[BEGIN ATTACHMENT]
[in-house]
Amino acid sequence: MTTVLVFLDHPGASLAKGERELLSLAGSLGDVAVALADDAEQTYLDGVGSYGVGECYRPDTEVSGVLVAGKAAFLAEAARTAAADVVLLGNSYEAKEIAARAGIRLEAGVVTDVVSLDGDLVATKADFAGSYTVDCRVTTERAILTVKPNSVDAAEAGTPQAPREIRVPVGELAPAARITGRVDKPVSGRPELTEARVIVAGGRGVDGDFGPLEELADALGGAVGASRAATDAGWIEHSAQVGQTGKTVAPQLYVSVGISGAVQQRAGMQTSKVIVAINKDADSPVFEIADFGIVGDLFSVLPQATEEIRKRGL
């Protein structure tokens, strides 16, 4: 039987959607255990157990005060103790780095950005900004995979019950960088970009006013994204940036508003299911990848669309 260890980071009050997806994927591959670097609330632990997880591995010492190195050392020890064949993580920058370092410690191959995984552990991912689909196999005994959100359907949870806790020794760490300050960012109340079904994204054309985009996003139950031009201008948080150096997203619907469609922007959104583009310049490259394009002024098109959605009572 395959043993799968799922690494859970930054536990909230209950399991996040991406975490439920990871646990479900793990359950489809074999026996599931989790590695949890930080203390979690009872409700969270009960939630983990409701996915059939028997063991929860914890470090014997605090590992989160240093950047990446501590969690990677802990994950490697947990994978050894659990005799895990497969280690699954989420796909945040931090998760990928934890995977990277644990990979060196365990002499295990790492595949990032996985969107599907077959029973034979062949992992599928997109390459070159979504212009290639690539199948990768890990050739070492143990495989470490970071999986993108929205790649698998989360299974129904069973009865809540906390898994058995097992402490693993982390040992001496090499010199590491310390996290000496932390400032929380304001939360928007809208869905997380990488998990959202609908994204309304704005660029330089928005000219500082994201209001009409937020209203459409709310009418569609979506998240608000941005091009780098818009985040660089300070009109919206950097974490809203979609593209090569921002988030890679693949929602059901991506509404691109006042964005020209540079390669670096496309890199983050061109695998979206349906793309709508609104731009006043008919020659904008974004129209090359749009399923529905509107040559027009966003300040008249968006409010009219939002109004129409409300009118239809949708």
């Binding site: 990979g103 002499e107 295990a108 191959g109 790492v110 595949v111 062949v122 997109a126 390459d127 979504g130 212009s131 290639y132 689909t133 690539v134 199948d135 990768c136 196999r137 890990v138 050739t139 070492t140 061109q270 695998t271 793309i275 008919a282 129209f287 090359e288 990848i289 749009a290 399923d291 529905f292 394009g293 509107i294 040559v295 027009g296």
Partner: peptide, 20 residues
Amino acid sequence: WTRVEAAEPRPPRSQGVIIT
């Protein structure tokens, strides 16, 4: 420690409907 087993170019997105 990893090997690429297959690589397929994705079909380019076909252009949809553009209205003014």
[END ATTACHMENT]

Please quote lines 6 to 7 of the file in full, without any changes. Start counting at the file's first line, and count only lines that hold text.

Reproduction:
Amino acid sequence: WTRVEAAEPRPPRSQGVIIT
């Protein structure tokens, strides 16, 4: 420690409907 087993170019997105 990893090997690429297959690589397929994705079909380019076909252009949809553009209205003014």